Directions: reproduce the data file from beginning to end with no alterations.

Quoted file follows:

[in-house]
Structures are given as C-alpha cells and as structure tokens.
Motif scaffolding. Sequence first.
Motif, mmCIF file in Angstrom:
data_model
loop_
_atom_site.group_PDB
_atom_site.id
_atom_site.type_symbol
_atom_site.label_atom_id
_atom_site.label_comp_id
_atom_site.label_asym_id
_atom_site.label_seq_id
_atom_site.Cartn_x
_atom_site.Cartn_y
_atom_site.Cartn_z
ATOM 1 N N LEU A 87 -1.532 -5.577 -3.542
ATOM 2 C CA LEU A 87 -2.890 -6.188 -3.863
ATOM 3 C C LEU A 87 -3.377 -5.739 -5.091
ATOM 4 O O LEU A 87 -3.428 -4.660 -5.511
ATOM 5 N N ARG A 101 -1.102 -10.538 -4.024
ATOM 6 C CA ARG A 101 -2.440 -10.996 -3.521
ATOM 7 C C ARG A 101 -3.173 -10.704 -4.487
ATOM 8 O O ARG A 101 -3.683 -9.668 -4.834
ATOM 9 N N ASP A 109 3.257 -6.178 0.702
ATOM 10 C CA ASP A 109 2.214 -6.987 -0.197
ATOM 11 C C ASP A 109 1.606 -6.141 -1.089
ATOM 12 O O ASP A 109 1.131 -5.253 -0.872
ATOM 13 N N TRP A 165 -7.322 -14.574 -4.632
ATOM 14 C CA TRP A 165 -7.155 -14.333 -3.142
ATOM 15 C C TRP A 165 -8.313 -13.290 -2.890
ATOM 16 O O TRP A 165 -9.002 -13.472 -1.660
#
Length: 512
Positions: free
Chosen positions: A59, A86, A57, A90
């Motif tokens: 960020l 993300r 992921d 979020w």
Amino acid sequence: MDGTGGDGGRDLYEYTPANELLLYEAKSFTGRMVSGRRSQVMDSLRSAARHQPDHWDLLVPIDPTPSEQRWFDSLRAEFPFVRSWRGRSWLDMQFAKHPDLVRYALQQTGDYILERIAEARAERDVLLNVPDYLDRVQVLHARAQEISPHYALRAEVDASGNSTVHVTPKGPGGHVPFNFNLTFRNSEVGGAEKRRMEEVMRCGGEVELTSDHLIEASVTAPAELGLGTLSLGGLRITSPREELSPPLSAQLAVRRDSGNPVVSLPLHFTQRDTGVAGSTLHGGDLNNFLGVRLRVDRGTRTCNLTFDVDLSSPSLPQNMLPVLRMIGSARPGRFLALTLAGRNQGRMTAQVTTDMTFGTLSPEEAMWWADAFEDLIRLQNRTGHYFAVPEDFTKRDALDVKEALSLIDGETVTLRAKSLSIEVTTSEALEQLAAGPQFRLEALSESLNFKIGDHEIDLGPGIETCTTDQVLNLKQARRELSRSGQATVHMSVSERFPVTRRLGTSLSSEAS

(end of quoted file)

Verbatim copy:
[in-house]
Structures are given as C-alpha cells and as structure tokens.
Motif scaffolding. Sequence first.
Motif, mmCIF file in Angstrom:
data_model
loop_
_atom_site.group_PDB
_atom_site.id
_atom_site.type_symbol
_atom_site.label_atom_id
_atom_site.label_comp_id
_atom_site.label_asym_id
_atom_site.label_seq_id
_atom_site.Cartn_x
_atom_site.Cartn_y
_atom_site.Cartn_z
ATOM 1 N N LEU A 87 -1.532 -5.577 -3.542
ATOM 2 C CA LEU A 87 -2.890 -6.188 -3.863
ATOM 3 C C LEU A 87 -3.377 -5.739 -5.091
ATOM 4 O O LEU A 87 -3.428 -4.660 -5.511
ATOM 5 N N ARG A 101 -1.102 -10.538 -4.024
ATOM 6 C CA ARG A 101 -2.440 -10.996 -3.521
ATOM 7 C C ARG A 101 -3.173 -10.704 -4.487
ATOM 8 O O ARG A 101 -3.683 -9.668 -4.834
ATOM 9 N N ASP A 109 3.257 -6.178 0.702
ATOM 10 C CA ASP A 109 2.214 -6.987 -0.197
ATOM 11 C C ASP A 109 1.606 -6.141 -1.089
ATOM 12 O O ASP A 109 1.131 -5.253 -0.872
ATOM 13 N N TRP A 165 -7.322 -14.574 -4.632
ATOM 14 C CA TRP A 165 -7.155 -14.333 -3.142
ATOM 15 C C TRP A 165 -8.313 -13.290 -2.890
ATOM 16 O O TRP A 165 -9.002 -13.472 -1.660
#
Length: 512
Positions: free
Chosen positions: A59, A86, A57, A90
């Motif tokens: 960020l 993300r 992921d 979020w």
Amino acid sequence: MDGTGGDGGRDLYEYTPANELLLYEAKSFTGRMVSGRRSQVMDSLRSAARHQPDHWDLLVPIDPTPSEQRWFDSLRAEFPFVRSWRGRSWLDMQFAKHPDLVRYALQQTGDYILERIAEARAERDVLLNVPDYLDRVQVLHARAQEISPHYALRAEVDASGNSTVHVTPKGPGGHVPFNFNLTFRNSEVGGAEKRRMEEVMRCGGEVELTSDHLIEASVTAPAELGLGTLSLGGLRITSPREELSPPLSAQLAVRRDSGNPVVSLPLHFTQRDTGVAGSTLHGGDLNNFLGVRLRVDRGTRTCNLTFDVDLSSPSLPQNMLPVLRMIGSARPGRFLALTLAGRNQGRMTAQVTTDMTFGTLSPEEAMWWADAFEDLIRLQNRTGHYFAVPEDFTKRDALDVKEALSLIDGETVTLRAKSLSIEVTTSEALEQLAAGPQFRLEALSESLNFKIGDHEIDLGPGIETCTTDQVLNLKQARRELSRSGQATVHMSVSERFPVTRRLGTSLSSEAS